A few years ago i decided biking with my friends would be more fun than biking alone, and what better way to bike with friends than for everyone to be on the same bicycle!
Thus the Bus Bike was born.
I used nine bicycles, cutting and welding them into three single-speed triple bikes, then welding bars accross them, and finally connecting the three handle bars in an english steering setup.
It was pretty straight forward and turned and rode surprisingly well. With nine riders it was akin to a train. Very fast, very powerful and very difficult to stop.
i hand built six wheels for it, using double gauge spokes, rims, and hubs, and put single speed bmx freewheels on the back.
I ended up taking this to burning man and all of the wheels eventually taco'd.
Foreseeing this possibility i brought innumerable extras and thanks to the rugedness and universality of the design was able to throw random wheels on where ever they were needed. I did find however that single speed coaster brakes should not be attached because of the riders desire to back-pedal constantly.
I used a standard 110 mig for this project, be careful to grind away all paint when making the connections.
Materials included, bikes (9+ extras for donor parts), around 40' 1.5" steel tubing, lots of wire feed, lots of grinding disks, saws-all blades, paint.
I found a saws-all really came in handy for chopping up the bikes and rounding out the connection points, pre-weld.
Step 1: Get Your Materials
your going to need a lot of bikes.
not just the obvious nine, but a least half again more for scavenging parts.
i used all new chains, and built all new wheels, but you definitely don't need to do that. The wheels ended up breaking anyway, and the chains were just so that they were all the same kind and saved time.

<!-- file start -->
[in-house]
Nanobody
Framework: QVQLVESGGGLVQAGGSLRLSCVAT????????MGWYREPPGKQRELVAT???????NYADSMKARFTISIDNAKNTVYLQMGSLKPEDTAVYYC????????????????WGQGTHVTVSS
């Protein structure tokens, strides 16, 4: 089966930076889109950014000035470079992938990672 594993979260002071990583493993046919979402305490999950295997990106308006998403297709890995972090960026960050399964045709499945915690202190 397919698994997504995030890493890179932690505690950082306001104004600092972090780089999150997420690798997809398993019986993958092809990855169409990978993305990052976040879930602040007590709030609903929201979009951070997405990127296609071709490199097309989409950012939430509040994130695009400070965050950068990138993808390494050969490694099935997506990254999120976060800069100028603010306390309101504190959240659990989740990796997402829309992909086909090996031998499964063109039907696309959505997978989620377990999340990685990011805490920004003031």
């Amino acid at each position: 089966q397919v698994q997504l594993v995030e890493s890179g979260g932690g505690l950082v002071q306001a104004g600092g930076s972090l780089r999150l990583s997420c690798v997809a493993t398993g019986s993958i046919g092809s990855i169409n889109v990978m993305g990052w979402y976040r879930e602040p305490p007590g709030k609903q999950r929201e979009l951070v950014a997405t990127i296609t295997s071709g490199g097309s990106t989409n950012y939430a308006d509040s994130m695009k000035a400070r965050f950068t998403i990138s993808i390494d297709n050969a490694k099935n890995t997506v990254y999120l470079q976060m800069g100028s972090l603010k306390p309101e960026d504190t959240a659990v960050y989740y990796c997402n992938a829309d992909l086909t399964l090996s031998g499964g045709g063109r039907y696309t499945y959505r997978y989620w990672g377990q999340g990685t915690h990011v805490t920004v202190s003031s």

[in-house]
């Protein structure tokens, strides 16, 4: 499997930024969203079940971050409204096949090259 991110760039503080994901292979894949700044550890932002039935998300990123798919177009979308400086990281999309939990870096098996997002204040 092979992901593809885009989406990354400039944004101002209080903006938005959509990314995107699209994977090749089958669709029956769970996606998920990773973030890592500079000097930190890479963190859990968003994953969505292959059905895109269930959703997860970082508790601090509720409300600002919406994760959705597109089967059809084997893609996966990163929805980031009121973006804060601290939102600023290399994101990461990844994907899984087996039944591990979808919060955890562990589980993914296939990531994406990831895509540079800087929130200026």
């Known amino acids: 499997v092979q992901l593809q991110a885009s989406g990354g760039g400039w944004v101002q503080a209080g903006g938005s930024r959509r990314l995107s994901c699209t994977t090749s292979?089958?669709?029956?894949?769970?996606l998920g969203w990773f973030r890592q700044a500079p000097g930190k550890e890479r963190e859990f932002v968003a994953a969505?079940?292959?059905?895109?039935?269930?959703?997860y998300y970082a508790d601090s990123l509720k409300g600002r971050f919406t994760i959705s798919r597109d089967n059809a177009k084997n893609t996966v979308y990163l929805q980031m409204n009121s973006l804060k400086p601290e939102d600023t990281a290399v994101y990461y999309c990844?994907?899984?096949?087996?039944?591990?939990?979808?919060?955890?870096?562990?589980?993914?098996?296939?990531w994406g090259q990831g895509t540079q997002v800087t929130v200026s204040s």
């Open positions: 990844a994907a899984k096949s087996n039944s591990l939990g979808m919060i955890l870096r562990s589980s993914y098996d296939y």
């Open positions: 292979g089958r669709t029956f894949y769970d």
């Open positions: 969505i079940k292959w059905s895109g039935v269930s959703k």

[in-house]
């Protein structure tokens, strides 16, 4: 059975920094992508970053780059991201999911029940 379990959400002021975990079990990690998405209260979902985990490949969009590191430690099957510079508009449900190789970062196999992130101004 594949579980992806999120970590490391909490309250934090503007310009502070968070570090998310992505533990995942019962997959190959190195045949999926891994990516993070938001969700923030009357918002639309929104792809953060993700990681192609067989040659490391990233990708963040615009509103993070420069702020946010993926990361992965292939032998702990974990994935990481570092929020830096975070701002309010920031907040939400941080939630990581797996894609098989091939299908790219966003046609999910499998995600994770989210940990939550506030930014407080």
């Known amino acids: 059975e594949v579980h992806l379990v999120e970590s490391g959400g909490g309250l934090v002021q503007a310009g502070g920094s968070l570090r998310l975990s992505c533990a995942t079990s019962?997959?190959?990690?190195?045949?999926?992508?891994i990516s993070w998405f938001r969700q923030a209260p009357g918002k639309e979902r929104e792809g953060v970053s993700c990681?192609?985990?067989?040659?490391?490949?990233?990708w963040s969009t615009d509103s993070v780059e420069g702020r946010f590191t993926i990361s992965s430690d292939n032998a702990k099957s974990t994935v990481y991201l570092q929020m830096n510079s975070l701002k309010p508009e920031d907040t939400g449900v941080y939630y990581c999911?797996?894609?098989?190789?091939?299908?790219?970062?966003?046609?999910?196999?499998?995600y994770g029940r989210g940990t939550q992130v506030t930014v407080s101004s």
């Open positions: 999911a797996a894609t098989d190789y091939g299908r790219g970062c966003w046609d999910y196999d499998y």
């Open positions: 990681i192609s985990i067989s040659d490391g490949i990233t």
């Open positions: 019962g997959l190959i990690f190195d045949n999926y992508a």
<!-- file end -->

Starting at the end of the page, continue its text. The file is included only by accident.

your going to need a bunch of steel tubing.
your going to need a lot of disposables, ie: grinding wheels, saws-all blades, and wire feed.
thats really about it.
Step 2: Cut Up Some Bikes and Weld Them Togeather
So I wasn't building a beautiful bike. i didn't make a jig. i didn't even have a standard for for them.
My strategy with the cut and weld was, make the three triple bikes. anyway possible.
I tried to keep them straight, as best i could for the chain line, and i tried to keep them about the same length.
As far as design goes, you have to start thinking about your drive trains. Basically I used crappy mountain bikes so most of them used multi-speed width chain, which worked out quite nicely. The way the chain worked was it went, big chainring to big chain ring, little chain ring to little chainring. so the gear ratios were not perfect , but it ended up working out basically the same for everyone.
Anyway the only reason you need to think about this now is that when you weld the bikes together make sure you have similarly sized chainrings paired together on the triple bikes.
Basicaly i cut off the rear triangle of the front bike, the front column and the rear triangle of the second bike, and the front column of the third bike. they ended up sort of sloping down in the back so that the last set of pedals came a lot closer to the ground then the front, but whatever, they cleared.
Also i used some pieces of the steel tubing to support the connections as you can see in the photos.
the handle bars were removed from the back two and welded where ever they fit.
Step 3: Drive Train
unfortunately i don't have a picture of this, but like i said:
big chain ring to big chain ring,
little to little,
and big to free wheel.
also weld on rear derailleurs as chain tensioners in between the chain rings. these have to be welded in such a way that the spring is very tight, as three people pulling sometimes in different directions puts a lot of strain on the tension system. a more traditional tandem setup if you know what that looks like may be easier. i just had the derailleurs and a welder and was on a roll.
Step 4: Steering
some of you may be wondering how a beast with 6 wheels can turn. well it turns very well actually using a system called Ackermann steering. ( i always thought it was called english steering)
Learn all about it!: en.wikipedia.org/wiki/Ackermann_steering_geometry
basically you have to draw a line from the pivot point of whatever wheels you want to turn to the center of the rear axle. (or in this case the rear center wheel)
On these lines i extended a piece of pipe about a foot out from the handle bar stem, then attached a bar across all three of the front wheels. i suppose it would work for any number of wheels.
anyway, it works which is nice.
Step 5: Gather Peeps and Ride It
it was never very hard to find people to ride, storage was another thing though...